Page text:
BAKU - The Christmas blockbuster from the Pentagon studios was a dream. This was the new Roman Empire at its peak - better than Ridleys Scott's Gladiator: a real, captive barbarian emperor, paraded on the Circus Maximus of world television. The barbarian was not a valiant warrior - but a bum. He was not hiding in a nuclear-proof bunker armed to his teeth - he was caught like "a rat" in a "spider hole". He was nothing but a pathetic ghost taking a medical for the world to see. What the bluish pictures did not show, though, is that former US Central Intelligence Agency (CIA) asset Saddam Hussein is a reader of the great Russian writer Fyodor Dostoevsky. An Arabic copy of Crime and Punishment was found in a shack near the "spider hole" where he was captured.
Saddam surely now know very well what he needs to do. He won't be consumed with remorse like Dostoevsky's character Raskolnikov, who committed murder. For the moment Saddam may be "taking the Fifth" - in the words of an American interrogator, referring the the fifth amendment of the US constitution under which a person has the right to remain silent until charged in court. But Saddam will wait until he gets some rest, a very good lawyer, and then he will start talking.
The capture of Saddam was the best Christmas gift that President George W Bush could expect from his foreign policy adviser - God. Or was it? AlJazeera television has quoted Egyptian writer Sayyid Nassar saying that "by shaving his beard, a symbol of virility in Iraq and in the Arab world, the Americans committed an act that symbolizes humiliation in our region". Revenge could be imminent - and it will pour in avalanches, not from Saddam of course, but from wounded Iraqi and Arab pride.
Holes big enough to accommodate armies of spiders remain in the carefully-choreographed Pentagon screenplay. Suppose Saddam - well versed in the treachery levels in the Arab world and well aware that a close family friend had denounced his sons Uday and Qusay - had indeed chosen to hide in a hole in the ground only a few hours before his capture. It's still remarkable how the "rat" managed to elude capture when thousands of American soldiers were combing every inch of the Sunni triangle for months. And if he really had US$750,000 with him in $100 bills, it wouldn't take a lot of human intelligence to just follow the money.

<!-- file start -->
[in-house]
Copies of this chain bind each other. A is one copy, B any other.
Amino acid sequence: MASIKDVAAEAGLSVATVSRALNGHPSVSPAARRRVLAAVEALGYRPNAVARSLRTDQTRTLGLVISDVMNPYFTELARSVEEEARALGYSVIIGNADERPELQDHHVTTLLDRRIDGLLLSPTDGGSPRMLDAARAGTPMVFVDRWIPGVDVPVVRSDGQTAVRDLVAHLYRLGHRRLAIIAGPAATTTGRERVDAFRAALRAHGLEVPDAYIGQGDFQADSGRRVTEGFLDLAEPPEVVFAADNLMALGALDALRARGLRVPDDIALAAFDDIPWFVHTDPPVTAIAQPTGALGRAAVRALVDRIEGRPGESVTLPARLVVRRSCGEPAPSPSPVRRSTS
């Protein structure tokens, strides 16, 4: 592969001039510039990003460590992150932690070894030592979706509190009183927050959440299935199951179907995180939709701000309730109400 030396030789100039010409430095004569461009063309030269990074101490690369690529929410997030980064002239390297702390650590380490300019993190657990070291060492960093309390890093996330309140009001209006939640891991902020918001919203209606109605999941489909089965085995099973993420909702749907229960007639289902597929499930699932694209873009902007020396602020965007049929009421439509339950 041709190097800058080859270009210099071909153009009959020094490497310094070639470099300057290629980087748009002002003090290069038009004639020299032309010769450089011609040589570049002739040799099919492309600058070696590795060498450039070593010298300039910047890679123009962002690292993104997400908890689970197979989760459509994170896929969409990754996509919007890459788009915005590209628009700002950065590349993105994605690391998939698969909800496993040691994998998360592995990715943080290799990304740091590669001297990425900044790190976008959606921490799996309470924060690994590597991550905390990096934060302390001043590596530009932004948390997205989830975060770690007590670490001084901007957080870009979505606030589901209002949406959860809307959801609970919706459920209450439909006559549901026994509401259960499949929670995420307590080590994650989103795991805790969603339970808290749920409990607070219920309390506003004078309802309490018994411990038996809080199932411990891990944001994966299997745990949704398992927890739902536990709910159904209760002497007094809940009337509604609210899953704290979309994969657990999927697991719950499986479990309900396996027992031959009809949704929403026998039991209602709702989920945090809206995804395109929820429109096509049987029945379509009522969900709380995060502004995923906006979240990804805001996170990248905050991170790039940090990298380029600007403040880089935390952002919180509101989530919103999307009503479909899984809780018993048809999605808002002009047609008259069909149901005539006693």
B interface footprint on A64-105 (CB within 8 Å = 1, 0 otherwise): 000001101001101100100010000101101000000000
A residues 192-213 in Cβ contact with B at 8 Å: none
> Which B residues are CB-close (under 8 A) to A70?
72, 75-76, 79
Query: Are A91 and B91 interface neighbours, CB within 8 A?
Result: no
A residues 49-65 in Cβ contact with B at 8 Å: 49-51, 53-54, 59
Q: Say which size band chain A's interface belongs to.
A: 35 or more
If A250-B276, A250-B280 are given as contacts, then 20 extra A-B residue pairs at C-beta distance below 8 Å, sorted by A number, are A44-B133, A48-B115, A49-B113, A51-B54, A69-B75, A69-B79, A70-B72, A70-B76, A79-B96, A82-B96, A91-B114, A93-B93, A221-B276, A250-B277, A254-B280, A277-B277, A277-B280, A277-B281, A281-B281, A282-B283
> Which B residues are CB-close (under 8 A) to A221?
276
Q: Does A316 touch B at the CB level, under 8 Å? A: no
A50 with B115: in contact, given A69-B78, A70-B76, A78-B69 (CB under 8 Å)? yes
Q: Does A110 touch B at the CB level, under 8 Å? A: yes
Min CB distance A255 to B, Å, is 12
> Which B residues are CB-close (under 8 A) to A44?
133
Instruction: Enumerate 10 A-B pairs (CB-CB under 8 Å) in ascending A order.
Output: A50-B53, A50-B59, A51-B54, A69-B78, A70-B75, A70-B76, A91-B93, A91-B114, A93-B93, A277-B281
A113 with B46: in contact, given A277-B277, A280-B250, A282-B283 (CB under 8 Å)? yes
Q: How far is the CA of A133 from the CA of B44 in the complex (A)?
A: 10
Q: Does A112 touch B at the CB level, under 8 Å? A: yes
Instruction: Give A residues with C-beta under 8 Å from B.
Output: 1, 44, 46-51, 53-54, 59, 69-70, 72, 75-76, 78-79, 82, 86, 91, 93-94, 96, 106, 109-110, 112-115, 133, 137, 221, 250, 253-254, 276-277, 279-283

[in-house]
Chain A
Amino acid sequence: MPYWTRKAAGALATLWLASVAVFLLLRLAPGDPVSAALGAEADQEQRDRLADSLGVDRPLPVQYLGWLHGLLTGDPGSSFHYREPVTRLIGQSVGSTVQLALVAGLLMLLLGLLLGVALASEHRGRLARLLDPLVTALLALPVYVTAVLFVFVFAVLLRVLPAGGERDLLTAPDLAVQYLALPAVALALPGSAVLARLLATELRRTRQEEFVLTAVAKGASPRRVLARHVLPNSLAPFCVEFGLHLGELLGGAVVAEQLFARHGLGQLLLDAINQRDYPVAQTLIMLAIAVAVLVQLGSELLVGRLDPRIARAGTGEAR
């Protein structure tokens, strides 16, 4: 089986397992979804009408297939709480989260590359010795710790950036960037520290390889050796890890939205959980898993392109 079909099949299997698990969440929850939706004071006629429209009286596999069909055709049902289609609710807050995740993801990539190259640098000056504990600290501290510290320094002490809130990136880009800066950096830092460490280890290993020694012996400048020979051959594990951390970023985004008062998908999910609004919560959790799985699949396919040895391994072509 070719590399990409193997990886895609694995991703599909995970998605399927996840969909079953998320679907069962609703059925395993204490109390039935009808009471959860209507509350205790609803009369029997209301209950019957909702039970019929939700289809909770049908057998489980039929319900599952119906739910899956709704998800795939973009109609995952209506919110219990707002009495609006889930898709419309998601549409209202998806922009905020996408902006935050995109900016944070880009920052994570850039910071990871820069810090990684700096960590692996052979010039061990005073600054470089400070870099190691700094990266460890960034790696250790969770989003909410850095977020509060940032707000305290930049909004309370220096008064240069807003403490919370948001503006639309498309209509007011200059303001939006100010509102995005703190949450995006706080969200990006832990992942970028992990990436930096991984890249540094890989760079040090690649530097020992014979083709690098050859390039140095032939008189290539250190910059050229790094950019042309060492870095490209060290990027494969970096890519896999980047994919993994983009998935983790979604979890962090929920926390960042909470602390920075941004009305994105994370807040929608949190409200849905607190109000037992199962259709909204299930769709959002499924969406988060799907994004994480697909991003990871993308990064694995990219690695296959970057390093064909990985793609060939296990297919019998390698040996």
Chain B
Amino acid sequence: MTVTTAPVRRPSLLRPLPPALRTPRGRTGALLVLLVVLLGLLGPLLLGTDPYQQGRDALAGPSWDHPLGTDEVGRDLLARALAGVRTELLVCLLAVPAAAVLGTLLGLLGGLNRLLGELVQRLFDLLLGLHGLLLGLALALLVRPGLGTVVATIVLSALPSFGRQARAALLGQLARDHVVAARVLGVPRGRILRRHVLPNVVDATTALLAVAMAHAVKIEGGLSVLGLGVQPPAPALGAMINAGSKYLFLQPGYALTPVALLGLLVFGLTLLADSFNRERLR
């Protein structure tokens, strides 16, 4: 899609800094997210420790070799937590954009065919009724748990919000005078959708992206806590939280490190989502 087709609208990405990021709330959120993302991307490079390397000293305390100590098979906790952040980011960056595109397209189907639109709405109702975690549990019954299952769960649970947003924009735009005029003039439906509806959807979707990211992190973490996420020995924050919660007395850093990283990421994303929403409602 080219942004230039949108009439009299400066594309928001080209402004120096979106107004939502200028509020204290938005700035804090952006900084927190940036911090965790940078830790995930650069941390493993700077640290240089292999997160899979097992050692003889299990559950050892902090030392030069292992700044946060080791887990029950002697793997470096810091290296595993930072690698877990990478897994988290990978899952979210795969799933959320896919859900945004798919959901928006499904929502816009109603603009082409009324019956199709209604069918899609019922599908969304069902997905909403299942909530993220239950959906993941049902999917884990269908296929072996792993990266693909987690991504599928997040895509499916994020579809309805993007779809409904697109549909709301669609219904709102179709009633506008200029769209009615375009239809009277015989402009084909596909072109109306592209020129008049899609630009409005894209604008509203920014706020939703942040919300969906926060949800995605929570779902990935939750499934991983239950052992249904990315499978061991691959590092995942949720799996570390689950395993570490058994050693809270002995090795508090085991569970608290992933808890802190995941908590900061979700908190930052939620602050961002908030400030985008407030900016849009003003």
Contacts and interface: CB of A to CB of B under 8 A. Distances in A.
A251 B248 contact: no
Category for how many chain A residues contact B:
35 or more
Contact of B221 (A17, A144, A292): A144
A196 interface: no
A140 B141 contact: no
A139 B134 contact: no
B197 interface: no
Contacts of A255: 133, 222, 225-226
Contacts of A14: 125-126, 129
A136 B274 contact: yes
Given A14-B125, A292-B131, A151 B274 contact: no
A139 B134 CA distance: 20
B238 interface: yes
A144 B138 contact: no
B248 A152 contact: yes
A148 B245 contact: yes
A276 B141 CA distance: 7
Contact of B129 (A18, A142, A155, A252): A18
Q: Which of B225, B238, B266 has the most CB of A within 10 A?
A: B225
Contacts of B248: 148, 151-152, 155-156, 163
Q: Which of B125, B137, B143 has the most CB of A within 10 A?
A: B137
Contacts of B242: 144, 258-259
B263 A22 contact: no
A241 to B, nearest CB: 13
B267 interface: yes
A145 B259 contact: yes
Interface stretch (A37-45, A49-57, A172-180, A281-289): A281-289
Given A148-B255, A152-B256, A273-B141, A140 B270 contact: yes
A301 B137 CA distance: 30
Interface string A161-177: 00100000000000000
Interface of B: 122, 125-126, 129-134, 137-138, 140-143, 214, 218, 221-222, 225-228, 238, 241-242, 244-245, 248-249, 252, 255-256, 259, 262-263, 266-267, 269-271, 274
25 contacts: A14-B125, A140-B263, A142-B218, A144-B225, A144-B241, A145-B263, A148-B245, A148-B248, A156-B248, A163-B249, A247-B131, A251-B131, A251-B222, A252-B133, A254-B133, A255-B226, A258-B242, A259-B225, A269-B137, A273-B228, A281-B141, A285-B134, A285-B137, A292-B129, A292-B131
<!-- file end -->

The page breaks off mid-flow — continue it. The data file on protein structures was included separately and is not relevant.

It's also remarkable that someone who foiled all sorts of assassination plots chose to be holed up in a farm near his hometown - the most obvious place where he could be found - and without any protection. Only two of his cousins from the al-Douria tribe were with him at the time of the arrest. Unlike the Pentagon version, sources tell Asia Times Online that they were simply peasants, not Saddam's bodyguards. Where were the protecting hordes of paramilitary Fedayeen of Saddam, and the still-loyal Mukhabarat intelligence agents?
Not only one of his daughters, but local villagers, are absolutely convinced that he was drugged before the capture, a vital element in the Pentagon choreography to show to the world - especially the Arab world - the picture of a disoriented bum. Saddam was carrying his pistol. So no one will ever know whether he had any intention of using it - against his attackers or against himself. The "documentation" found with Saddam is also very suspicious, as it might conveniently contain a list of names of people leading the Iraqi resistance in the Sunni triangle.
But all of this is speculation. The reality is that Saddam is in US custody, so what now? From Saddam's point of view, he has a better chance to tell his side of the story - including the real circumstances of his capture - now that his legacy as a courageous Saladinesque warrior facing up to America is in ruins. Living the rest of his life as a nightmarish remake of The Fugitive was definitely not an option. He may not have chosen it, but he may not regret public humiliation in an American commercial instead of doing a James Cagney in White Heat under a hail of bullets.
Only three months ago, this correspondent met scores of people in Baghdad and the Sunni triangle whom were absolutely convinced that former CIA friend Saddam and Washington were still involved in some sort of secret deal. Now European, Asian and Arab diplomats and businessmen are commenting off the record that there's every possibility that the CIA, or even Bush himself, may have struck a deal with his number two embodiment of evil - number one being the still elusive Osama bin Laden. They are all suspicious of the impeccable timing: and if a deal was not in the cards, then the CIA knew exactly where Saddam was for days or weeks, and were just waiting for the moment of maximum impact. Saddam was captured exactly when Halliburton was under extreme pressure for effectively swindling American taxpayers. Bush himself said on the record that if there was any proof of wrongdoing - and there is conclusive proof of overcharging - the company would face consequences. It didn't: the story - too dangerous, too close to vice president and former Halliburton boss Dick Cheney - simply disappeared from the news.